Branded as a revelatory scoop uncovering previously unknown donations from George Soros to NPR, James O'Keefe's latest sting on NPR was debunked as a non-story within hours of its release.
The news that O'Keefe purports to "break" — that Soros had previously donated to the public broadcaster via grants from Soros' Open Society Institute — had, in fact, long been publicly known through tax records and even press releases.
"We believe that journalism is a pillar of an open and democratic society and a critical tool for transparency and accountability," a spokeswoman for OSI, Laura Silber, told TPM after sending over a list of previous grants to NPR and affiliates. "A free and independent press serves as a watchdog of both government and the private sector. NPR, which is a respected national news organization, provides an excellent vehicle for regional and national analyses of the most critical issues facing our country."
The new audio recording features NPR director of institutional giving Betsy Liley talking with one of O'Keefe's actors, a member of a phony Muslim group claiming to want to donate $5 million to NPR. In their conversation, Liley discusses donations from George Soros, noting that after conservative attacks on him intensified he asked that his name not be mentioned on the air as a sponsor.
"George Soros and the Open Society Institute gave us $1.8 million, and they have decided not to use on-air credits because of what's happening in Congress," Liley says.
Liley recounted past donations from Soros, saying "I think the first gift was within the first year he set up the Foundation, which was 10 or 15 years ago" and noting that there was much less media attention to his donations then.
It's here that O'Keefe starts going off the rails. Touting his "scoop" in all caps on Twitter, O'Keefe wrote "BREAKING: NPR DIRECTOR ADMITS TO HAVING RECEIVED SOROS MONEY FOR YEARS..." with a link to the video, which also features O'Keefe pushing a press officer at Soros' Open Society Institute to hand over information on their grants before she finally hangs up. The Daily Caller ran with the news as well, throwing up the headline: "New O'Keefe tape shows George Soros has donated to NPR before last year."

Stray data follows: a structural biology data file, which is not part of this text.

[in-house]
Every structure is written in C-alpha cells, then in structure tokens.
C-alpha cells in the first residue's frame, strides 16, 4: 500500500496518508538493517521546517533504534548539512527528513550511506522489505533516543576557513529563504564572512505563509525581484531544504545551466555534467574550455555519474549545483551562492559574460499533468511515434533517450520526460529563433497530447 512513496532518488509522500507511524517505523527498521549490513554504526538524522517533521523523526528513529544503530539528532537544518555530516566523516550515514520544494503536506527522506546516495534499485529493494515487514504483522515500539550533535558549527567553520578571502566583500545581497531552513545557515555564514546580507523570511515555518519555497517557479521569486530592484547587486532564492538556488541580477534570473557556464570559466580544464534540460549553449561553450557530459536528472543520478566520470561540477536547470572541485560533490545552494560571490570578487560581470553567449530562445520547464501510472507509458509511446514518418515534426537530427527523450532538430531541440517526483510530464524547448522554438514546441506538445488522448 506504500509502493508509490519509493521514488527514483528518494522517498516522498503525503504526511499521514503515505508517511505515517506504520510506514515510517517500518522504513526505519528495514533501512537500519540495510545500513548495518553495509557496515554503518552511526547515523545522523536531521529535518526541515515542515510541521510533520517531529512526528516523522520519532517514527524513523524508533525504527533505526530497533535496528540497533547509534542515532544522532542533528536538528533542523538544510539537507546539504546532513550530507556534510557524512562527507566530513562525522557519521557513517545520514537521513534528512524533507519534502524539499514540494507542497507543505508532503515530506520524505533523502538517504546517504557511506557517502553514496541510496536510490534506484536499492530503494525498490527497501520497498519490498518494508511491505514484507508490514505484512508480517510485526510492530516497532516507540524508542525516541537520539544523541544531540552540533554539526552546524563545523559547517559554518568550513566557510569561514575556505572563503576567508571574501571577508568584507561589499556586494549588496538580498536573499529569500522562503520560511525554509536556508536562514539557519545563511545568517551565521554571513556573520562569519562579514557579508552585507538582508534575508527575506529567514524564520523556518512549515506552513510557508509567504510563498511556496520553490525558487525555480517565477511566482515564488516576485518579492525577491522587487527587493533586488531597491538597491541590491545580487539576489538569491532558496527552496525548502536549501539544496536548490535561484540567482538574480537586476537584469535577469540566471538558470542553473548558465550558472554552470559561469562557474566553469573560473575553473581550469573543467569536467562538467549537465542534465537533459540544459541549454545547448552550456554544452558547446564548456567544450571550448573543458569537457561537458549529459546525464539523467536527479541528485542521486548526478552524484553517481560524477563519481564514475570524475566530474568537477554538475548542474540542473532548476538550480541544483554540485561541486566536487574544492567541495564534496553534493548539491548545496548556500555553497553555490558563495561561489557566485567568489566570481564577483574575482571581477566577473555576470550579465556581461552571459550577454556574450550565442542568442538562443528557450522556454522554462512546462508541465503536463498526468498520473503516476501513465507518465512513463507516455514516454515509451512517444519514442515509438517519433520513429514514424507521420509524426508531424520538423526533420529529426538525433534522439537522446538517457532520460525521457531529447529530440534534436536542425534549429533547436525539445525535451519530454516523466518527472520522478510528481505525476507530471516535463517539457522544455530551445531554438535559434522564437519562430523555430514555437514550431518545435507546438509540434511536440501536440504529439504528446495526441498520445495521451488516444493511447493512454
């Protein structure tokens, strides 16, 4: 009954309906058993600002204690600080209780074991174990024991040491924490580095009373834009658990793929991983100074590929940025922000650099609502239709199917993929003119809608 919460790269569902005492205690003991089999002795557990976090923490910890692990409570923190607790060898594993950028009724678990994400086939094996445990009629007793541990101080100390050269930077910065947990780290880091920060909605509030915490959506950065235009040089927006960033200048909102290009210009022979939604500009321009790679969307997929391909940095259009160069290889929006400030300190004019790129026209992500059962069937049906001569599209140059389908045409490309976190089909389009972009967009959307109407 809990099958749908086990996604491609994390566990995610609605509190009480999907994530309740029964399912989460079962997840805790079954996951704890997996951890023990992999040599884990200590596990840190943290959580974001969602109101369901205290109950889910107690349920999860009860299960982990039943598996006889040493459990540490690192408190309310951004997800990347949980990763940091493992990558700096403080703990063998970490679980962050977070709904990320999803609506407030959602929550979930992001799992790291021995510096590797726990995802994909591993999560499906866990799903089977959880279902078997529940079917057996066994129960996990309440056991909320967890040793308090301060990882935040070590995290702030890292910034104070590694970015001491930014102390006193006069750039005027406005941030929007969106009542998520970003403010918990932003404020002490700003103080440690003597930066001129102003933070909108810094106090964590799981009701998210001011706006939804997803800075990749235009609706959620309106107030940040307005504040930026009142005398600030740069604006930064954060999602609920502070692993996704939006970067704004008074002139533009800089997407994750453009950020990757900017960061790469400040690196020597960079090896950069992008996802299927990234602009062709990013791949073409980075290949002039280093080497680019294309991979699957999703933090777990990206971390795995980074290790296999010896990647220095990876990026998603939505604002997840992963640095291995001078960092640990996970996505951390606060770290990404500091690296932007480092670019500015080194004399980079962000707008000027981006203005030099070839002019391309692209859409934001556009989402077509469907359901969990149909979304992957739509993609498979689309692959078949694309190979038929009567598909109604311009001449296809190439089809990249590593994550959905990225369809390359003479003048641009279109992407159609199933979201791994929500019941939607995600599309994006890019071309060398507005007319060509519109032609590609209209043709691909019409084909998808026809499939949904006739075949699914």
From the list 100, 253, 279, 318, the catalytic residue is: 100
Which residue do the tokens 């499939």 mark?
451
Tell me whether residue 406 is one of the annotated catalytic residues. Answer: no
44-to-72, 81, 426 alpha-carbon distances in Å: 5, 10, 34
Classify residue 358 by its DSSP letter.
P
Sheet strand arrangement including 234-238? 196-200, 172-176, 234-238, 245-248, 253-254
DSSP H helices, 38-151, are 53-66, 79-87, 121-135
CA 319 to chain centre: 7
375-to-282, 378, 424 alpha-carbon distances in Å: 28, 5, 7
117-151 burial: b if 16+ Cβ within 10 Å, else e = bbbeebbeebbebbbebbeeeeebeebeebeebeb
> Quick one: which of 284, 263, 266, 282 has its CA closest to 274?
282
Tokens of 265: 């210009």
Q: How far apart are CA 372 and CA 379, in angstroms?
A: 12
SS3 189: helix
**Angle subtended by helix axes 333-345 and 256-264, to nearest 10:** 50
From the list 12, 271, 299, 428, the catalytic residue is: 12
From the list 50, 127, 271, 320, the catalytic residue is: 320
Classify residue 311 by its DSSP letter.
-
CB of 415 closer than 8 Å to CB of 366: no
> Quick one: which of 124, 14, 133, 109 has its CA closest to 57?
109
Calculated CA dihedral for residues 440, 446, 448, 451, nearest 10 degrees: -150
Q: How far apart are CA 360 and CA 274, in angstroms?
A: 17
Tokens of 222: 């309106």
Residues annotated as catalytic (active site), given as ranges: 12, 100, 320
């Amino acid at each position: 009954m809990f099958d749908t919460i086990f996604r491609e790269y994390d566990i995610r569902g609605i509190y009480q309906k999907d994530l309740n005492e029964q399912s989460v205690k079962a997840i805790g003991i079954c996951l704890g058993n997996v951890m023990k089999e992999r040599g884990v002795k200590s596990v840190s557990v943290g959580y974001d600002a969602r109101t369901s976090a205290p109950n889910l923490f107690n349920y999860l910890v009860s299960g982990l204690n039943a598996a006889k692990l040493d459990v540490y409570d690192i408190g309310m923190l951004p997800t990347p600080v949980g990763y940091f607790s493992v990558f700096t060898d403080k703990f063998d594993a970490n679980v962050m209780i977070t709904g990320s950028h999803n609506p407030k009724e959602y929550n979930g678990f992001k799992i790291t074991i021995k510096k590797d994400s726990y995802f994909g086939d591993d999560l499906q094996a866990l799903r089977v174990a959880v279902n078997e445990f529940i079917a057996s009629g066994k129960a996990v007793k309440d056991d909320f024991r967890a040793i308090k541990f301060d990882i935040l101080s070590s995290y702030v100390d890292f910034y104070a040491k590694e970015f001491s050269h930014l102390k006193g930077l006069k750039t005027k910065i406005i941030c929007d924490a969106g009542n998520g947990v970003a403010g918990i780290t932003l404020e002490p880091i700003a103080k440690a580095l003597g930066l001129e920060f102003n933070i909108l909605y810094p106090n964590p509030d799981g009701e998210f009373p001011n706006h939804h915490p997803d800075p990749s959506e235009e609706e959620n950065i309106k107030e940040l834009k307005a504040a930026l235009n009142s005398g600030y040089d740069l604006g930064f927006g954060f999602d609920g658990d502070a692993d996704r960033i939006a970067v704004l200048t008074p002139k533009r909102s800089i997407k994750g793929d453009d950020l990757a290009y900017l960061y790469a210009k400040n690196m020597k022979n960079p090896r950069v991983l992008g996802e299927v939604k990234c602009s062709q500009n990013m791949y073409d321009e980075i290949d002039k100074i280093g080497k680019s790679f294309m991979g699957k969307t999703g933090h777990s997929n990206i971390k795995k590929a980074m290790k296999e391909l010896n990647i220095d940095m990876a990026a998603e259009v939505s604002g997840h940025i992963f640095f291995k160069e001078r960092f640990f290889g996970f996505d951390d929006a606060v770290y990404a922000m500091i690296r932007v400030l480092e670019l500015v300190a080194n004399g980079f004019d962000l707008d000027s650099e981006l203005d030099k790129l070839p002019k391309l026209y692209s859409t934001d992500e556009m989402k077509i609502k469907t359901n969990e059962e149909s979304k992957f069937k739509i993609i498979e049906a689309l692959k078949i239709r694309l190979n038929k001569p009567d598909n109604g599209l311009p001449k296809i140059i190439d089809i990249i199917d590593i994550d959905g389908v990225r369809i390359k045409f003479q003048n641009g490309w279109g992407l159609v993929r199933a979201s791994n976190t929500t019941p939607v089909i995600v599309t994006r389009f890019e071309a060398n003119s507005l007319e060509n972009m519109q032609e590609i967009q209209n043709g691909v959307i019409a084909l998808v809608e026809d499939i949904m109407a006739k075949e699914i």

But donations from the Open Society Institute have long been public. They reported in their IRS 990 forms for 1997 and 1998 donations of $50,000 to finance a series on criminal justice and a series of grants totaling about $80,000 to support coverage of Central Asia. In addition to these direction donations, OSI has provided dozens of grants to individual public radio stations like WNYC and Minnesota Public Radio, some of whom have produced programming used by NPR. A quick Google search by Media Matters immediately dug up two old NPR press releases from 2000 and 2001 proudly touting support from OSI for programming by affiliate stations, both documentaries that aired on All Things Considered .
As discussed on the video, Soros made his largest public donation to NPR last year, a $1.8 million award to hire 100 reporters to cover statehouses around the country. That donation was widely publicized at the time.